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Dragon Age: Origins: Prima Official Game Guide (Prima Official Game Guides) Paperback – November 3, 2009

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Product Details

  • Series: Prima Official Game Guides
  • Paperback: 336 pages
  • Publisher: Prima Games; 10.4.2009 edition (November 3, 2009)
  • Language: English
  • ISBN-10: 0761561420
  • ISBN-13: 978-0761561422
  • Product Dimensions: 10.9 x 7.9 x 0.8 inches
  • Shipping Weight: 1.5 pounds
  • Average Customer Review: 4.1 out of 5 stars  See all reviews (76 customer reviews)
  • Amazon Best Sellers Rank: #99,597 in Books (See Top 100 in Books)

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Customer Reviews

The walkthrough is by no means a disaster, it's actually well done and very informative.
Danny Sainsbury
Also the mini maps they provide are not always on the same pages as the description of the quests in the map so you have to keep flipping pages.
Generic Reviewer
I fully recomend this Guide to anyone who is thinking about it, it will help you comeplete the game knowing that you didnt miss something.
Jonathan B. Hilton

Most Helpful Customer Reviews

134 of 146 people found the following review helpful By DryQuiet on November 10, 2009
Format: Paperback
The last Prima guide I purchased was for Fallout 3. THAT guide was excellent. Great maps, full, multi page guides for every quest, excellent pictures. It made it possible to find every quest and item in a huge world.

THIS guide is nothing of the sort. The maps are very small, (3 or 4" on a single page small) and monochromatic, with difficult to follow legends. The quest guides and walkthrough are short, bullet point summaries. They contain virtually no information you wouldn't otherwise know if you're doing the quest.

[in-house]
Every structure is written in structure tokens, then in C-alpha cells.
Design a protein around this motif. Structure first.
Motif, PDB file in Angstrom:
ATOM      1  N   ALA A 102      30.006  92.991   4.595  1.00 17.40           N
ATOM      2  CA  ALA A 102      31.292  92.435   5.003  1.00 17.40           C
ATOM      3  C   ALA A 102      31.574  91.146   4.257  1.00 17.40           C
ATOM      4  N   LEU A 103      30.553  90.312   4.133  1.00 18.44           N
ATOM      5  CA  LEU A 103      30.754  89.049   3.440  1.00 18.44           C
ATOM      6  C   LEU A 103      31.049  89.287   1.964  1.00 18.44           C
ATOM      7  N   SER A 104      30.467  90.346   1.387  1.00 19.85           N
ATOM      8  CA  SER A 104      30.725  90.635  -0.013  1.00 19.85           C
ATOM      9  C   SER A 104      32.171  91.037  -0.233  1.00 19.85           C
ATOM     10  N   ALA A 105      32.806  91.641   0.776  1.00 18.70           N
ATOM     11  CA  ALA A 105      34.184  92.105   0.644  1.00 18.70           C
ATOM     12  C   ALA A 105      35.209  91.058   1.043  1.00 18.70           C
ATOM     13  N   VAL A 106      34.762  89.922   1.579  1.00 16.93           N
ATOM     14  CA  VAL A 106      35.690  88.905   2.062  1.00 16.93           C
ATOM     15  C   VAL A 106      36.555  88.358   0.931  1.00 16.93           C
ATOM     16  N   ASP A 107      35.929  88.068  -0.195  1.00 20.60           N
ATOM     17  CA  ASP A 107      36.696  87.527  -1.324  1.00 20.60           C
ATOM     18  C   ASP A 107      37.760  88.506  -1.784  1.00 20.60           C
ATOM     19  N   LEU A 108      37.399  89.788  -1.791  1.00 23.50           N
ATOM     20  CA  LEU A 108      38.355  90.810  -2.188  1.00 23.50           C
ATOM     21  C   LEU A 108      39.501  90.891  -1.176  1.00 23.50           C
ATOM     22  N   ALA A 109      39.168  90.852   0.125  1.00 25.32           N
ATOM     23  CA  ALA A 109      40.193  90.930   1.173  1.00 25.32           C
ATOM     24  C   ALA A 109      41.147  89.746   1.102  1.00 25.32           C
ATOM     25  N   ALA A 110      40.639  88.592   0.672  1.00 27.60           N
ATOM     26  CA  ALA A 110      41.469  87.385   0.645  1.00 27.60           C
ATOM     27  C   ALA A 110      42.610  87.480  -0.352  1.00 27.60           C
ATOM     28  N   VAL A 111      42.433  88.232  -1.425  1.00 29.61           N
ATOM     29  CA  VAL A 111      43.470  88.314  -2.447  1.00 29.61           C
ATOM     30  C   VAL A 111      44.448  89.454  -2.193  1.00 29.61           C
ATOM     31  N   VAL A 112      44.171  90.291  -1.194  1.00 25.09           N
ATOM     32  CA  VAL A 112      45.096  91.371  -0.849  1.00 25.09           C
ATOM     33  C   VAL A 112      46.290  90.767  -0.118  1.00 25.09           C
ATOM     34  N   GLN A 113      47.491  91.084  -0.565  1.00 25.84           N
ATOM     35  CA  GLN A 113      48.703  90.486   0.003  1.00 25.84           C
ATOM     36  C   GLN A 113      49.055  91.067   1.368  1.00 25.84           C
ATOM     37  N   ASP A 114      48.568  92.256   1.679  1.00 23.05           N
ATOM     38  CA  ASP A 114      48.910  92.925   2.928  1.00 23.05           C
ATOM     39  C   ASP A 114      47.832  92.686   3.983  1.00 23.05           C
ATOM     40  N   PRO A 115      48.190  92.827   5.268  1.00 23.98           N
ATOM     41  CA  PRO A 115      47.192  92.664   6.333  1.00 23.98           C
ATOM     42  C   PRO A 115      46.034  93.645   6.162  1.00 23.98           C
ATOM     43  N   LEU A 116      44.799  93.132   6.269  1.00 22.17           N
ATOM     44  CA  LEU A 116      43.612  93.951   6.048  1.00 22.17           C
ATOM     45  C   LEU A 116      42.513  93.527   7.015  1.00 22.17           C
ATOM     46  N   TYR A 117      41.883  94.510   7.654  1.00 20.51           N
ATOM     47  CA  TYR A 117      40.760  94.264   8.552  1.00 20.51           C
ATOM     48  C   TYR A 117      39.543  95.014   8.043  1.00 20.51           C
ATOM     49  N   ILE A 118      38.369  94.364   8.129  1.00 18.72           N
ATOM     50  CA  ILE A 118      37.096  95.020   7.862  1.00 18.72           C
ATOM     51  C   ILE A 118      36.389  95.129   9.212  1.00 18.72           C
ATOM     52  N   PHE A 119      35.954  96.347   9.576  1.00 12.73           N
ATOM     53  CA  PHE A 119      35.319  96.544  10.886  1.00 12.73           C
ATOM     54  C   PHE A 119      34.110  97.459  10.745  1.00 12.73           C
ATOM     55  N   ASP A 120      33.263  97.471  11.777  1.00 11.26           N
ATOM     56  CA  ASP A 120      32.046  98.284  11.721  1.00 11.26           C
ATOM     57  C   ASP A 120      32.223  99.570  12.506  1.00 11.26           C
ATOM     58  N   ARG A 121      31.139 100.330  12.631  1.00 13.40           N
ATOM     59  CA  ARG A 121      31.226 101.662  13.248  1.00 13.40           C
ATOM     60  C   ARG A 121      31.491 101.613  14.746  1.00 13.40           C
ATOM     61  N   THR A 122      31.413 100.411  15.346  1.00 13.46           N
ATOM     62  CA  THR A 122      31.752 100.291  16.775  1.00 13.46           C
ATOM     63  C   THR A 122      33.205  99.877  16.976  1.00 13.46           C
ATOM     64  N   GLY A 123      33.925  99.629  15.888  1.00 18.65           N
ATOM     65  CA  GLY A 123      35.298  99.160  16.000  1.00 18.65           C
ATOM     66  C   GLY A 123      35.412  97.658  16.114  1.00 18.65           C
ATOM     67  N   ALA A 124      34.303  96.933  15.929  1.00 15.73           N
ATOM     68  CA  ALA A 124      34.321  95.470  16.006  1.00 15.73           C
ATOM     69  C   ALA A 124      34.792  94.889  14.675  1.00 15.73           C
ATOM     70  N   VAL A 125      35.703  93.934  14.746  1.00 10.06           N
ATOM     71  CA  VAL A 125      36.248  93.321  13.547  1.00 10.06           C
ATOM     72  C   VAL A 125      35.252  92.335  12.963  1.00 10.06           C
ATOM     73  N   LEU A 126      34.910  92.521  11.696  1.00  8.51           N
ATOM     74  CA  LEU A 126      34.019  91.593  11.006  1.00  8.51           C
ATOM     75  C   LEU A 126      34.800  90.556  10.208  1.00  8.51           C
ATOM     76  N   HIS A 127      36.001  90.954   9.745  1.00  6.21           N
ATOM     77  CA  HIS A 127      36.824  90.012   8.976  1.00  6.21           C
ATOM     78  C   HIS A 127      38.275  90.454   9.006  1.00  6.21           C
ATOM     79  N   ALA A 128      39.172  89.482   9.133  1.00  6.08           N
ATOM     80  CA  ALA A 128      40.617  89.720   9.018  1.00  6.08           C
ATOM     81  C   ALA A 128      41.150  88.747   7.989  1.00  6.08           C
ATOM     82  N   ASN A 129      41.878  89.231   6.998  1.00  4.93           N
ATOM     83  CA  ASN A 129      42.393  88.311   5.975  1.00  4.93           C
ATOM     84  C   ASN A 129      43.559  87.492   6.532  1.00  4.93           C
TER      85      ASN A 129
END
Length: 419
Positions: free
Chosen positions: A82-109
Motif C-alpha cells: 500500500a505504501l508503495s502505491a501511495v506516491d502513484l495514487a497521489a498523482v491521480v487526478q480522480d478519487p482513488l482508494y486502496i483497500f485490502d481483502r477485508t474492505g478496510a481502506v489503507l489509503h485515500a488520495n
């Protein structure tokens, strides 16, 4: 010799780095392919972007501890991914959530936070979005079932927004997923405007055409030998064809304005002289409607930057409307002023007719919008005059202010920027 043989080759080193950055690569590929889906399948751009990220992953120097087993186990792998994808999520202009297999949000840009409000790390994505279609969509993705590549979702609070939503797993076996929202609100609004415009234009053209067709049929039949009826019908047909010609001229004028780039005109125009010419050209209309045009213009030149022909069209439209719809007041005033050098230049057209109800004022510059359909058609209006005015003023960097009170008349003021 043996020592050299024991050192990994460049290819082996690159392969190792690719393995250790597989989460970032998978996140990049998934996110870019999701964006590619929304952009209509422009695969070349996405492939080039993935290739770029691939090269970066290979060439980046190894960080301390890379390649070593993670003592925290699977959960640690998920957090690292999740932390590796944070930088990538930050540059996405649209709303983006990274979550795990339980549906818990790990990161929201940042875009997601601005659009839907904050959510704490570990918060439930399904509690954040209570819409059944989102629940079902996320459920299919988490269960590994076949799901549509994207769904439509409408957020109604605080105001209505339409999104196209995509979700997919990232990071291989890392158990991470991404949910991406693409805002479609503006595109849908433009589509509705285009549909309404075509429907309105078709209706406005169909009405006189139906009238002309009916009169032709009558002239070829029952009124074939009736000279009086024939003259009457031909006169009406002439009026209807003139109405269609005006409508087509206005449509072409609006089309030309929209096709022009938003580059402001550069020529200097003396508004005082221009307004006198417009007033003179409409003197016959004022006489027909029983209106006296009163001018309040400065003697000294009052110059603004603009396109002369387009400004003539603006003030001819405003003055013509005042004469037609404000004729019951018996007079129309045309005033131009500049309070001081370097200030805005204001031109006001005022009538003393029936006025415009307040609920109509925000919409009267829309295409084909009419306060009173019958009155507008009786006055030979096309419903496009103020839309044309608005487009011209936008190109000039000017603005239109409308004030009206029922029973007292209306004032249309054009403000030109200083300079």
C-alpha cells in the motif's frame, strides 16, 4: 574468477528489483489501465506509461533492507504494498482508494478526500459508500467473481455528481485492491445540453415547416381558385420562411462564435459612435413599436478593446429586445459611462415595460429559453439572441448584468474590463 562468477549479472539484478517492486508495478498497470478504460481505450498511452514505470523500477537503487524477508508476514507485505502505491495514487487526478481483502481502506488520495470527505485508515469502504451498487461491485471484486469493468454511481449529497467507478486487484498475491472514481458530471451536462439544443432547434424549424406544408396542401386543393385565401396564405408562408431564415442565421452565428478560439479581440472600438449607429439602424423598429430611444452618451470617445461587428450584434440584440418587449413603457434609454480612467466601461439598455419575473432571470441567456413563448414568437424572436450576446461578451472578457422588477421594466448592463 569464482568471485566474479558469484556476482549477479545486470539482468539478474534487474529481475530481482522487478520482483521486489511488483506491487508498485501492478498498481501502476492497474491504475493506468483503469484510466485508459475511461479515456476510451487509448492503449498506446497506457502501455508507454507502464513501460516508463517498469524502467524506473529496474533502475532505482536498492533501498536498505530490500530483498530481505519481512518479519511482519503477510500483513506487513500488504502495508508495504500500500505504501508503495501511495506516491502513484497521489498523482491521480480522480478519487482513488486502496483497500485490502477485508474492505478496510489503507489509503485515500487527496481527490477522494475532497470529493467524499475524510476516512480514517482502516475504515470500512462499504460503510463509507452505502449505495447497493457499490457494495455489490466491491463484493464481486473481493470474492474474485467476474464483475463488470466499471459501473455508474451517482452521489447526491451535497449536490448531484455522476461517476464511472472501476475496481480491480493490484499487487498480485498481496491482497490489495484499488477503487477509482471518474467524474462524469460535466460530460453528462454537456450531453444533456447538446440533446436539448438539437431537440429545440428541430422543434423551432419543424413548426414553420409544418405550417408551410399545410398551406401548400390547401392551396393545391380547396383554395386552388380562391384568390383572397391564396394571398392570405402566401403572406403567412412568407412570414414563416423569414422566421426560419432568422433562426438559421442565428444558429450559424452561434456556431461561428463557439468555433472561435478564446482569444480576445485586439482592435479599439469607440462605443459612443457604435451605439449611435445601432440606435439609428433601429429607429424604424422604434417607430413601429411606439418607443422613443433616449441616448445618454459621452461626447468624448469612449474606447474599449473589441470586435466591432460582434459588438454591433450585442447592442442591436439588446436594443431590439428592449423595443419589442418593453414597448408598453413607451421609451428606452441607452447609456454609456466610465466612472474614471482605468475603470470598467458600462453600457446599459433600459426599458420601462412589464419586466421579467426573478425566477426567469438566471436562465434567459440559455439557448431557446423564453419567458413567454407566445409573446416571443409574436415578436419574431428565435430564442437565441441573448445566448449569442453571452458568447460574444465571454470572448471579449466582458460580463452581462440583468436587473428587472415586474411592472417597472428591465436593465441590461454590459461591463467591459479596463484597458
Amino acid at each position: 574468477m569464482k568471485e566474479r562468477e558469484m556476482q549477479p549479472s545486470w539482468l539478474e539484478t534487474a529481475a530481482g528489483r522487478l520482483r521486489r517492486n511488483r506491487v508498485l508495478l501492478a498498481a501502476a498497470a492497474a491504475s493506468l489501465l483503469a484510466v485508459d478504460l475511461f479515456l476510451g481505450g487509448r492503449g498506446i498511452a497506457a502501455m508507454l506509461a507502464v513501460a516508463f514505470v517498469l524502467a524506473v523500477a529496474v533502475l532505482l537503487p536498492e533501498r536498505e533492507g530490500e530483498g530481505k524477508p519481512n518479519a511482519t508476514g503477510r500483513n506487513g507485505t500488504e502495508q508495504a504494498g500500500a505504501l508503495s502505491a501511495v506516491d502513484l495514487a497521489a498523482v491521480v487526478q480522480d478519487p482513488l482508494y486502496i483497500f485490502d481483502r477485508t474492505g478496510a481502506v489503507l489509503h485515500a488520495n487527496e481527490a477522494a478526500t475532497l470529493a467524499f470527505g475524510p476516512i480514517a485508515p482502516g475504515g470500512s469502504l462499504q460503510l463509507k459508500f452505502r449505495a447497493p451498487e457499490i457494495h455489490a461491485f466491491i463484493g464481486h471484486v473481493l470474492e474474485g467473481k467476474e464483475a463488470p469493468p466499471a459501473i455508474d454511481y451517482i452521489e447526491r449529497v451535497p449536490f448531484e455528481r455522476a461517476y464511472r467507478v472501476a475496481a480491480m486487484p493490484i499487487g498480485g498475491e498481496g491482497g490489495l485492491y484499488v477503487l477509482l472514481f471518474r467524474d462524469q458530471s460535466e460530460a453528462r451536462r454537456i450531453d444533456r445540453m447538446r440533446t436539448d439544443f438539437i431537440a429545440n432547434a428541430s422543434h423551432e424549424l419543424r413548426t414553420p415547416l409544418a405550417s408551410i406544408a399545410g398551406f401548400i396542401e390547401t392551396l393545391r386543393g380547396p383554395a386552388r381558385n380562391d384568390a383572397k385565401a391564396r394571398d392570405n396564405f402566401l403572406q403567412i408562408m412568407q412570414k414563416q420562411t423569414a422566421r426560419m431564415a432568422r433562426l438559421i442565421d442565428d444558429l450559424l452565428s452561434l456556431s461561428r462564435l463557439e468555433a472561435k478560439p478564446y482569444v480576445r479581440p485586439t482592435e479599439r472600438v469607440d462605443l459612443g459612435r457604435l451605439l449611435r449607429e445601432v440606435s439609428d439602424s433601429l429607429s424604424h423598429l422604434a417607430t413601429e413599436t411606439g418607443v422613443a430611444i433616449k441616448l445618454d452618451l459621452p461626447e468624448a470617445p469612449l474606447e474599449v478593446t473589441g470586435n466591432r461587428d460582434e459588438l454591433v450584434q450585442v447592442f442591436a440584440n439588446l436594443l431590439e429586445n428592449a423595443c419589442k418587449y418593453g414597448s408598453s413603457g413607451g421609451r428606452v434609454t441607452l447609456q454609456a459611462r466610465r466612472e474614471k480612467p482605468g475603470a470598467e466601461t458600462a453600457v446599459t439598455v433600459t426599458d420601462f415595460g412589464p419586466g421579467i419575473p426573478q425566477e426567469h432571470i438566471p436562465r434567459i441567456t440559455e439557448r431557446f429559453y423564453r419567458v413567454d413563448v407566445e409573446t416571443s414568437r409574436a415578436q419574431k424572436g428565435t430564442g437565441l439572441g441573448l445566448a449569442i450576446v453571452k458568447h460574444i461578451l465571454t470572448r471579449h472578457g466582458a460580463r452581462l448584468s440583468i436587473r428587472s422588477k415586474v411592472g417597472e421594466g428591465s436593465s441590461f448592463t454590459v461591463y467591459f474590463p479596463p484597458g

The sidequest guides are literally a paragraph long, and are basically summaries of the in game quest text. No map, maybe a single screenshot. They are useful only in finding quests you didn't know about. However, in exploring areas, you easily stumble upon all the sidequests. The guide is packed full of spoilers with no warnings. It's easy to flip through looking for something else, and spoil a story point for yourself as you glance over the text.

The "full equipment section" is utterly useless. It contains a full list of unique weapons and armor in the game, but absolutely no location information, so it gets you nowhere. You may see something you'd like to use, but with no location listed, you are left hoping you find it, or looking online for where to get it.

On the plus side, the character creation and class guides are useful, helping you identify the best abilities and where to put your ability and talent points as you start out. The companion guides are also handy, helping you figure out who likes what gifts, how to pursue a romance with a particular character, and how to build them. However, this information is largely available for free on the Dragon Age website and official forums.
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68 of 83 people found the following review helpful By GameMaker VINE VOICE on December 3, 2009
Format: Paperback Verified Purchase
Yes I've read the other reviews. I almost didn't buy this because of them. But in the end I figured "something is better than nothing". I'm glad I did!

What's useful to me? How about: